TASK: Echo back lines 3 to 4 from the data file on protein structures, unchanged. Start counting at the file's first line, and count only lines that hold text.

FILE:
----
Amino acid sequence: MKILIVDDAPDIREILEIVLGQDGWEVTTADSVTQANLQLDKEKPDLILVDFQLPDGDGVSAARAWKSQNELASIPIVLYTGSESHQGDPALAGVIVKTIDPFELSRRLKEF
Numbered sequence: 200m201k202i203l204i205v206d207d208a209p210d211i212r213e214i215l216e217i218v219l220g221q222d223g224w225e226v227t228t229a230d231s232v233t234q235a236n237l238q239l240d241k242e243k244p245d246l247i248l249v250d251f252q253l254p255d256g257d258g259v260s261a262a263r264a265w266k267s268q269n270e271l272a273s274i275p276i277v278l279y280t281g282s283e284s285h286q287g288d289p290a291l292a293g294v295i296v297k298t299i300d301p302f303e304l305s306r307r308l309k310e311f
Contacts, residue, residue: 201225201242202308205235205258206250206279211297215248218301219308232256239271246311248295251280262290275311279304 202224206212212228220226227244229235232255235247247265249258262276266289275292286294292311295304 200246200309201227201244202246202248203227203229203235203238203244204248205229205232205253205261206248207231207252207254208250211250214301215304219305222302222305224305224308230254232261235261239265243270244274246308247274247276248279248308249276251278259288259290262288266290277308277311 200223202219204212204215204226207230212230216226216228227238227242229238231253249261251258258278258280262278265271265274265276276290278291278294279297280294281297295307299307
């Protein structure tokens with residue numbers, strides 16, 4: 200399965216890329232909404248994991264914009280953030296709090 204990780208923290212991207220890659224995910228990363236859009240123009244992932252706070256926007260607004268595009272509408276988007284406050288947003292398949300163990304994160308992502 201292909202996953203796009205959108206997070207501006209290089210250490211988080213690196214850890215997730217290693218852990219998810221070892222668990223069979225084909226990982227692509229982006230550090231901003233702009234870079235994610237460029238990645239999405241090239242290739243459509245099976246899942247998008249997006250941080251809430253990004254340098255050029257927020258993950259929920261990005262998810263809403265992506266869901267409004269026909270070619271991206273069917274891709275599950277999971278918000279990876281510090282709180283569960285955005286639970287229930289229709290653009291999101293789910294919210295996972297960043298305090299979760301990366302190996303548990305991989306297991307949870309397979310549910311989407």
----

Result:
Contacts, residue, residue: 201225201242202308205235205258206250206279211297215248218301219308232256239271246311248295251280262290275311279304 202224206212212228220226227244229235232255235247247265249258262276266289275292286294292311295304 200246200309201227201244202246202248203227203229203235203238203244204248205229205232205253205261206248207231207252207254208250211250214301215304219305222302222305224305224308230254232261235261239265243270244274246308247274247276248279248308249276251278259288259290262288266290277308277311 200223202219204212204215204226207230212230216226216228227238227242229238231253249261251258258278258280262278265271265274265276276290278291278294279297280294281297295307299307
């Protein structure tokens with residue numbers, strides 16, 4: 200399965216890329232909404248994991264914009280953030296709090 204990780208923290212991207220890659224995910228990363236859009240123009244992932252706070256926007260607004268595009272509408276988007284406050288947003292398949300163990304994160308992502 201292909202996953203796009205959108206997070207501006209290089210250490211988080213690196214850890215997730217290693218852990219998810221070892222668990223069979225084909226990982227692509229982006230550090231901003233702009234870079235994610237460029238990645239999405241090239242290739243459509245099976246899942247998008249997006250941080251809430253990004254340098255050029257927020258993950259929920261990005262998810263809403265992506266869901267409004269026909270070619271991206273069917274891709275599950277999971278918000279990876281510090282709180283569960285955005286639970287229930289229709290653009291999101293789910294919210295996972297960043298305090299979760301990366302190996303548990305991989306297991307949870309397979310549910311989407």